New funding for artificial-intelligence research

September 9th, 2013
Harvard University and MIT have received a $25 million grant to study a question that's most often the domain of science fiction – artificial intelligence.

The five-year grant, awarded today by the National Science Foundation (NSF) through its Science and Technology Center Integrated Partnership program, will be used to establish the Center for Brains, Minds and Machines (CBMM).

The joint Harvard-MIT program is aimed at answering some of the most challenging questions about intelligence and computing – what is intelligence, how does the brain create it and how can it be – if it can at all – be replicated in machines.

"Our quest for the basis of intelligence is an ancient one, bolstered in recent years by our ability to create machines that have domain-specific abilities, such as Google's self-driving car, Watson or Siri," said L. Mahadevan, the Lola England de Valpine Professor of Applied Mathematics, of Organismic and Evolutionary Biology, and of Physics, who serve as the center's Coordinator for Knowledge Transfer.

"But we are still some way from understanding the broad basis for human intelligence," he continued. "This new center will refocus our collective efforts at trying to solve this question from multiple perspectives, from understanding the development of intelligence in children, to the characterization of intelligence in social situations to the mathematical and computational underpinnings of intelligence, while simultaneously building the next generation of intelligent devices."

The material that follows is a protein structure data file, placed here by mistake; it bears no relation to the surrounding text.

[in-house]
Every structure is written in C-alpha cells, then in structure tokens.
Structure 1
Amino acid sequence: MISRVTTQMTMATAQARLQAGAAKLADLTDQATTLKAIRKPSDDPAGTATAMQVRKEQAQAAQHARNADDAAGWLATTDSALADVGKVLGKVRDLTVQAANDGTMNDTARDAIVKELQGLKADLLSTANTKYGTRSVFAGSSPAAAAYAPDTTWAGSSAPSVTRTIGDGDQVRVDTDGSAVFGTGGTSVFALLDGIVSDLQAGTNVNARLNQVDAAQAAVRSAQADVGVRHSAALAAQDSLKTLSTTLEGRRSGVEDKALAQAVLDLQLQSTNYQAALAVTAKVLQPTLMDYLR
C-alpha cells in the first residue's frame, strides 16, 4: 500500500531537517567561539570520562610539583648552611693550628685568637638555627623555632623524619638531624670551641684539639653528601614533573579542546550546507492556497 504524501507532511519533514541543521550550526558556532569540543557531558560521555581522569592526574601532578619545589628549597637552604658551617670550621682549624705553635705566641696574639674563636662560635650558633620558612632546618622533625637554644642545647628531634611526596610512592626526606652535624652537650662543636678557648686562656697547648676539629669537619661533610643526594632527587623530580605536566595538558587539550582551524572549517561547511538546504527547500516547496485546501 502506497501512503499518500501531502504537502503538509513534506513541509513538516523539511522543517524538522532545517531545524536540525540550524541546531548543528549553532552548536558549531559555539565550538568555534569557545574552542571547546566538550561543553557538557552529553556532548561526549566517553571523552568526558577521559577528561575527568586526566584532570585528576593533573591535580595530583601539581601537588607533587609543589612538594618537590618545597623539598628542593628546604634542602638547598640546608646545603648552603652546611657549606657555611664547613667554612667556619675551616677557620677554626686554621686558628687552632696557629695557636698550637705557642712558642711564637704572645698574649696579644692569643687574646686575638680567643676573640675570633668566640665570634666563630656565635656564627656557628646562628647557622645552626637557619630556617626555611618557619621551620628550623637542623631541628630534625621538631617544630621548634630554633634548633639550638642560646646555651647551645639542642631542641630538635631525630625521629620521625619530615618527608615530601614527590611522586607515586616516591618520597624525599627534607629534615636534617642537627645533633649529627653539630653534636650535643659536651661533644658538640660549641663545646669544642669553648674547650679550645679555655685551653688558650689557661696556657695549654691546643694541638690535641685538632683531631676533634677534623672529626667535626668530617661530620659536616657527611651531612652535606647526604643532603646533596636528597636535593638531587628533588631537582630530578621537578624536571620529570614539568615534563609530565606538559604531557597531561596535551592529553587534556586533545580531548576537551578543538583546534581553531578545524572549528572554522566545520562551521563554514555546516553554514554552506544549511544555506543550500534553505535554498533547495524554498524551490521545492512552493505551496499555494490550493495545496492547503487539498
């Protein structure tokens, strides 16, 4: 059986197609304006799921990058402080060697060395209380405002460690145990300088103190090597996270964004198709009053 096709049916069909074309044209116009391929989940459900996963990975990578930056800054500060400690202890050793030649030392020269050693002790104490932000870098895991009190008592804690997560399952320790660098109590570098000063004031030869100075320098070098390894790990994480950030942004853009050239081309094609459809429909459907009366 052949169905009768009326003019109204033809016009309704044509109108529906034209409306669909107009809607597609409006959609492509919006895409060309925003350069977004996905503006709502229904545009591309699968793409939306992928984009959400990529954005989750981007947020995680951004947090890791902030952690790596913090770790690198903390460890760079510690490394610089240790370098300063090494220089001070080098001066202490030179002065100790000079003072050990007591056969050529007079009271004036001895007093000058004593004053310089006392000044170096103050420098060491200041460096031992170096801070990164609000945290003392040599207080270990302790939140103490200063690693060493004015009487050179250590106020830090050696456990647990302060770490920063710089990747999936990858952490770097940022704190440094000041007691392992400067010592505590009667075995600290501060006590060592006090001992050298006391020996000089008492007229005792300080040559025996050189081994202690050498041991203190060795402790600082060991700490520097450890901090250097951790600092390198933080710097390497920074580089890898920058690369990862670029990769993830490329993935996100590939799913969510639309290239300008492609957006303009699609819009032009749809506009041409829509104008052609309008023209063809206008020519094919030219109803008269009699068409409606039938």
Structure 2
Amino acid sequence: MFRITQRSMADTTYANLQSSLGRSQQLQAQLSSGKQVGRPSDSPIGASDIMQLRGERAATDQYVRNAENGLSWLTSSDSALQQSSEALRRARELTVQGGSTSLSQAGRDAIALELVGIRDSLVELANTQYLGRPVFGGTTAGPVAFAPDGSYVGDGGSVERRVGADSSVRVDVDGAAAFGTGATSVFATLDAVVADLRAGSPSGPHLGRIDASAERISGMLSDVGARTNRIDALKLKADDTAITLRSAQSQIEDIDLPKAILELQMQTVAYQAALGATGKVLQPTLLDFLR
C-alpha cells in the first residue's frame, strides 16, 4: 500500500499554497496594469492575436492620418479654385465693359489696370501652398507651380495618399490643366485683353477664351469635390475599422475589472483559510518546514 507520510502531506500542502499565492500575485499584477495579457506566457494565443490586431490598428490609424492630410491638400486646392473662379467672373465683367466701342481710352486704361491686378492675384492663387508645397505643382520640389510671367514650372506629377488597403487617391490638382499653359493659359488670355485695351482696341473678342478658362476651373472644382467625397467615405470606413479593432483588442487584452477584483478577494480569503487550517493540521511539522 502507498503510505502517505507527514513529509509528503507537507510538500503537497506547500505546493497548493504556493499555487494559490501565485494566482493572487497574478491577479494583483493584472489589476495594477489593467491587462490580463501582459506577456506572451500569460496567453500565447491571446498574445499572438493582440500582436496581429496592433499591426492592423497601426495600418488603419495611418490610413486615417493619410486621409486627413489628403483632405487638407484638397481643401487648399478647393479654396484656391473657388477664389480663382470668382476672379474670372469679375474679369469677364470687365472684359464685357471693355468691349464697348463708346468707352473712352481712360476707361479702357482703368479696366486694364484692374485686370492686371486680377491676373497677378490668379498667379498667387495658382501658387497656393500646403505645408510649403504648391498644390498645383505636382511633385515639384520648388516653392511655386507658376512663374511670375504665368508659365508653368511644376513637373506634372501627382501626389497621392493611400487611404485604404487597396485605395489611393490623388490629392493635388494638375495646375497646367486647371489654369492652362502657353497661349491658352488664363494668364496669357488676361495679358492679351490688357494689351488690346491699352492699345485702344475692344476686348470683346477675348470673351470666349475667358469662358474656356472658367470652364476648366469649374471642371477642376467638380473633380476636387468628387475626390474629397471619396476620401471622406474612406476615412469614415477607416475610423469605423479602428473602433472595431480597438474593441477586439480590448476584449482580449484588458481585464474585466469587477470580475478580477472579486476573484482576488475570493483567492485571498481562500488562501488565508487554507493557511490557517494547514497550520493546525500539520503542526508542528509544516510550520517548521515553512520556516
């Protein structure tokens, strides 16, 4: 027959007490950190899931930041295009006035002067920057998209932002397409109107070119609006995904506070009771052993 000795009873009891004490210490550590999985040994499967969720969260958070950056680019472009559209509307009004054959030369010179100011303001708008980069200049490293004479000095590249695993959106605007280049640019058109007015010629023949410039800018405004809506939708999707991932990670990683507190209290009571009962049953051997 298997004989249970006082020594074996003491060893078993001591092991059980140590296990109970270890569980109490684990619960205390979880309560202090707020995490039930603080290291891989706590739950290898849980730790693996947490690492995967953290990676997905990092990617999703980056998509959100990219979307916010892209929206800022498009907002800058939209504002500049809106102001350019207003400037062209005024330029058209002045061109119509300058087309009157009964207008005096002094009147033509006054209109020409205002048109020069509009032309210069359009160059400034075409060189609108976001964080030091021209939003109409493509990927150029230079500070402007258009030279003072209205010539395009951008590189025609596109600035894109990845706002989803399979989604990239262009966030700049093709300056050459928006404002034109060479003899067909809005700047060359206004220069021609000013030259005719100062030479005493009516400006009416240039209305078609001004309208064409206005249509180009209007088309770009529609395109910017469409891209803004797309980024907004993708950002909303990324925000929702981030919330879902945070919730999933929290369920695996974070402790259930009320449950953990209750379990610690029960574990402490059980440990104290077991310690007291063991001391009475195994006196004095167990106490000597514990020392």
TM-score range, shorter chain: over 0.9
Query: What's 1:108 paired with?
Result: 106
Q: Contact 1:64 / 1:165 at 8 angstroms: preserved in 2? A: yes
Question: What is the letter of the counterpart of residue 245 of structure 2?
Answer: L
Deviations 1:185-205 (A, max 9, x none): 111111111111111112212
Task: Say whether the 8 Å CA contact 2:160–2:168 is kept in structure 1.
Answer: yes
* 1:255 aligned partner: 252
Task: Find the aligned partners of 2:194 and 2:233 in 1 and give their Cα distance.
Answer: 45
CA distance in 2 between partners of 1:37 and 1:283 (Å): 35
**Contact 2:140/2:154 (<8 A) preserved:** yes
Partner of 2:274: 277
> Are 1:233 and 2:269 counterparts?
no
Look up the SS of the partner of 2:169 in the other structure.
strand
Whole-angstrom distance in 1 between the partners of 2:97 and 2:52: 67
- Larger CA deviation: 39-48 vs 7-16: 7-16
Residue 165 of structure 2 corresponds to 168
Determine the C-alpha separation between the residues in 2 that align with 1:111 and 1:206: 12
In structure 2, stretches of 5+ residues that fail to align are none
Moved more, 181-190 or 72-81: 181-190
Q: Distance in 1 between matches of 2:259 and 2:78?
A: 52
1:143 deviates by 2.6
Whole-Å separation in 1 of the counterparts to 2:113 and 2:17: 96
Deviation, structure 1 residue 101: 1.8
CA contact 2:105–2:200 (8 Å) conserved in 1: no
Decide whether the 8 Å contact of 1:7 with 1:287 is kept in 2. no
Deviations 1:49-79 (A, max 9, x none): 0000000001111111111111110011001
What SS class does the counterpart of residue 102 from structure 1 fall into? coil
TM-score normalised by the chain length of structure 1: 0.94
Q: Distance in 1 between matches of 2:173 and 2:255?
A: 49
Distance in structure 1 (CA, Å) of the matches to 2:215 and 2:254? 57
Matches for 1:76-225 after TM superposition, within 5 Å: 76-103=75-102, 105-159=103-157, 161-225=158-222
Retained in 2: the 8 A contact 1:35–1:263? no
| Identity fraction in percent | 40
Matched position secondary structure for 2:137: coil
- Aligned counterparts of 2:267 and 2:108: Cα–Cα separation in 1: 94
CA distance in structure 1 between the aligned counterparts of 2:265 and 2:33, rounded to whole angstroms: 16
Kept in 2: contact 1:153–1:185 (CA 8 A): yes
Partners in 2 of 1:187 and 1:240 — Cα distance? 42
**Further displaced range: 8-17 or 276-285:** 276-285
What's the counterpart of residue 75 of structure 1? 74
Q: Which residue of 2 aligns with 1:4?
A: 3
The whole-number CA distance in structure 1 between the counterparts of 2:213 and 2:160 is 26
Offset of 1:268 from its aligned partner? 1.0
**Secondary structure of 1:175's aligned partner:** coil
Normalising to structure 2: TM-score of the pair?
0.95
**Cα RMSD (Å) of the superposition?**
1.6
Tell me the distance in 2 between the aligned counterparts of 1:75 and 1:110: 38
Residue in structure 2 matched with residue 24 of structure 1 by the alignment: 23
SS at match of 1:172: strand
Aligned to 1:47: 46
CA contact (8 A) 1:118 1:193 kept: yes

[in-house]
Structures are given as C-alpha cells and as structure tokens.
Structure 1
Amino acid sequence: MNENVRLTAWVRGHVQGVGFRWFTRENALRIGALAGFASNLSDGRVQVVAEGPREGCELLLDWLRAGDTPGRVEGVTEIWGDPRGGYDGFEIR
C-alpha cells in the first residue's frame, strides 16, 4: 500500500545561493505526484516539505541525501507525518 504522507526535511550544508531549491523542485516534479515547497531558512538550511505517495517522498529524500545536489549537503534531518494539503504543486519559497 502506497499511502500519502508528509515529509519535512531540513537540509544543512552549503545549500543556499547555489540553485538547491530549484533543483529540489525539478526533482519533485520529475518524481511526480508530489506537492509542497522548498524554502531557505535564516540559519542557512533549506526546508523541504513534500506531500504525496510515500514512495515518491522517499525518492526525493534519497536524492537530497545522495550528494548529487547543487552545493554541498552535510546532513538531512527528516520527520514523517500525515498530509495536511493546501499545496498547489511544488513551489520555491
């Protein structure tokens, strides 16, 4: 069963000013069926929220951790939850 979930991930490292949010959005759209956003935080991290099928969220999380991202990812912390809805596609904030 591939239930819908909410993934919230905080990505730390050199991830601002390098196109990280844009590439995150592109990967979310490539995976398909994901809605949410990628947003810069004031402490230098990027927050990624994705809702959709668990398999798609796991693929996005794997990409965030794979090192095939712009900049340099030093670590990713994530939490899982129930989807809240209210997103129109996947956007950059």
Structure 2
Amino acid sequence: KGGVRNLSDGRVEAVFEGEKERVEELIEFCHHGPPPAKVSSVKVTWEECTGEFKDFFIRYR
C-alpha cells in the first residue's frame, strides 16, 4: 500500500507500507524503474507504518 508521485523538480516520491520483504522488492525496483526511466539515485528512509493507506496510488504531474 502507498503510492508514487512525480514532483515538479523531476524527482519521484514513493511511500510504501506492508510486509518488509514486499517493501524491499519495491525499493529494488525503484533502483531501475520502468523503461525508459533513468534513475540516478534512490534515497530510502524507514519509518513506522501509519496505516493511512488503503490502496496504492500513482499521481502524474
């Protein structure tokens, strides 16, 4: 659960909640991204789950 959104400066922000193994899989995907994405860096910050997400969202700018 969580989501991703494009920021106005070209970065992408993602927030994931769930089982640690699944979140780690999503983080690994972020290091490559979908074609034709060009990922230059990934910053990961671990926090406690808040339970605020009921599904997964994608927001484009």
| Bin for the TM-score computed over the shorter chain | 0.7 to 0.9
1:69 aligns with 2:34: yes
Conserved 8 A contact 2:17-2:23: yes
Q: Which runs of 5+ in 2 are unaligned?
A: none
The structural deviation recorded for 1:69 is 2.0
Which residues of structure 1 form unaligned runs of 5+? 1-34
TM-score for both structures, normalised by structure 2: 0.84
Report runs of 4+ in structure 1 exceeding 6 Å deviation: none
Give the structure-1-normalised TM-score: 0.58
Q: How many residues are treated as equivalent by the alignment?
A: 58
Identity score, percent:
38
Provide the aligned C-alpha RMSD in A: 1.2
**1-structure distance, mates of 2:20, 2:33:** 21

In addition to fostering work between institutions, the center's research themes – the integration of intelligence, including vision, language and motor skills; circuits for intelligence, which will span research in neurobiology and electrical engineering; the development of intelligence in children; social intelligence; and a theoretical platform to understand the computational strategies used by the brain in non verbal perception – encourage work across multiple disciplines.

"Those five thrusts really do fit together, in the sense that they cover what we think are the biggest challenges facing us when we try to develop a computational understanding of what intelligence is all about," says Patrick Winston, the Ford Foundation Professor of Engineering at MIT, who will serve as research coordinator for CBMM.

Provided by Harvard University

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